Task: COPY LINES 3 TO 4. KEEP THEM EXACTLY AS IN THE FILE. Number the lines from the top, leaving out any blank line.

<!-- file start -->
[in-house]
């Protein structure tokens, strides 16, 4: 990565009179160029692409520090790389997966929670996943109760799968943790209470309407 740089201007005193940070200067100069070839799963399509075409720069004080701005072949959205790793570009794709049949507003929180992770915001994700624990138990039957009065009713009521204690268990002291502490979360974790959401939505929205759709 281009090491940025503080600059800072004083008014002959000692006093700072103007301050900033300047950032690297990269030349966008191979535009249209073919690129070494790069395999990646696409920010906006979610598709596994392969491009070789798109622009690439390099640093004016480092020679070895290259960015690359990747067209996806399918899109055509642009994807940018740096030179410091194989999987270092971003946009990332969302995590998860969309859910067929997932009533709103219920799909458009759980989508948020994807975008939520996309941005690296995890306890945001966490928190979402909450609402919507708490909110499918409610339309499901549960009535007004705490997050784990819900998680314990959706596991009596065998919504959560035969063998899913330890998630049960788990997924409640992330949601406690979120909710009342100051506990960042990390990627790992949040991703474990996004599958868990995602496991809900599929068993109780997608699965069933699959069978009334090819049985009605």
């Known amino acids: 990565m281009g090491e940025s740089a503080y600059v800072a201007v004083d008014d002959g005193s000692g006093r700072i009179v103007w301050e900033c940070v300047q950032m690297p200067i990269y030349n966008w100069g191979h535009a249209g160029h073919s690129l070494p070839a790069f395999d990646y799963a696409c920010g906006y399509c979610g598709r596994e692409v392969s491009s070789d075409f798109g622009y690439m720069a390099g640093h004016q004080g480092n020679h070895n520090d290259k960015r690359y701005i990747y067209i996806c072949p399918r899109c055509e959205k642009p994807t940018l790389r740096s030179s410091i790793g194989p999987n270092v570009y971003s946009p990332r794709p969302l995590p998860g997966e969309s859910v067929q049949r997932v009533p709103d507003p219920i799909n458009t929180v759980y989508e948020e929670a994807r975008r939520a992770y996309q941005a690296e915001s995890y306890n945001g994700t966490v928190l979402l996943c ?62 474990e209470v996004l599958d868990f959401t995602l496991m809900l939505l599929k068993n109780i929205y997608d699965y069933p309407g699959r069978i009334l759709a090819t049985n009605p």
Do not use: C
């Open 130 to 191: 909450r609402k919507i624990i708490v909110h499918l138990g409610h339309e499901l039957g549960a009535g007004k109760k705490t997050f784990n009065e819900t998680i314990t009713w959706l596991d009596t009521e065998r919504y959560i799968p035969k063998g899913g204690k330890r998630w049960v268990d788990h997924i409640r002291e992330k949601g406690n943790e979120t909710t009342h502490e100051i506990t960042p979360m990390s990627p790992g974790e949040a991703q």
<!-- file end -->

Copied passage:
């Known amino acids: 990565m281009g090491e940025s740089a503080y600059v800072a201007v004083d008014d002959g005193s000692g006093r700072i009179v103007w301050e900033c940070v300047q950032m690297p200067i990269y030349n966008w100069g191979h535009a249209g160029h073919s690129l070494p070839a790069f395999d990646y799963a696409c920010g906006y399509c979610g598709r596994e692409v392969s491009s070789d075409f798109g622009y690439m720069a390099g640093h004016q004080g480092n020679h070895n520090d290259k960015r690359y701005i990747y067209i996806c072949p399918r899109c055509e959205k642009p994807t940018l790389r740096s030179s410091i790793g194989p999987n270092v570009y971003s946009p990332r794709p969302l995590p998860g997966e969309s859910v067929q049949r997932v009533p709103d507003p219920i799909n458009t929180v759980y989508e948020e929670a994807r975008r939520a992770y996309q941005a690296e915001s995890y306890n945001g994700t966490v928190l979402l996943c ?62 474990e209470v996004l599958d868990f959401t995602l496991m809900l939505l599929k068993n109780i929205y997608d699965y069933p309407g699959r069978i009334l759709a090819t049985n009605p």
Do not use: C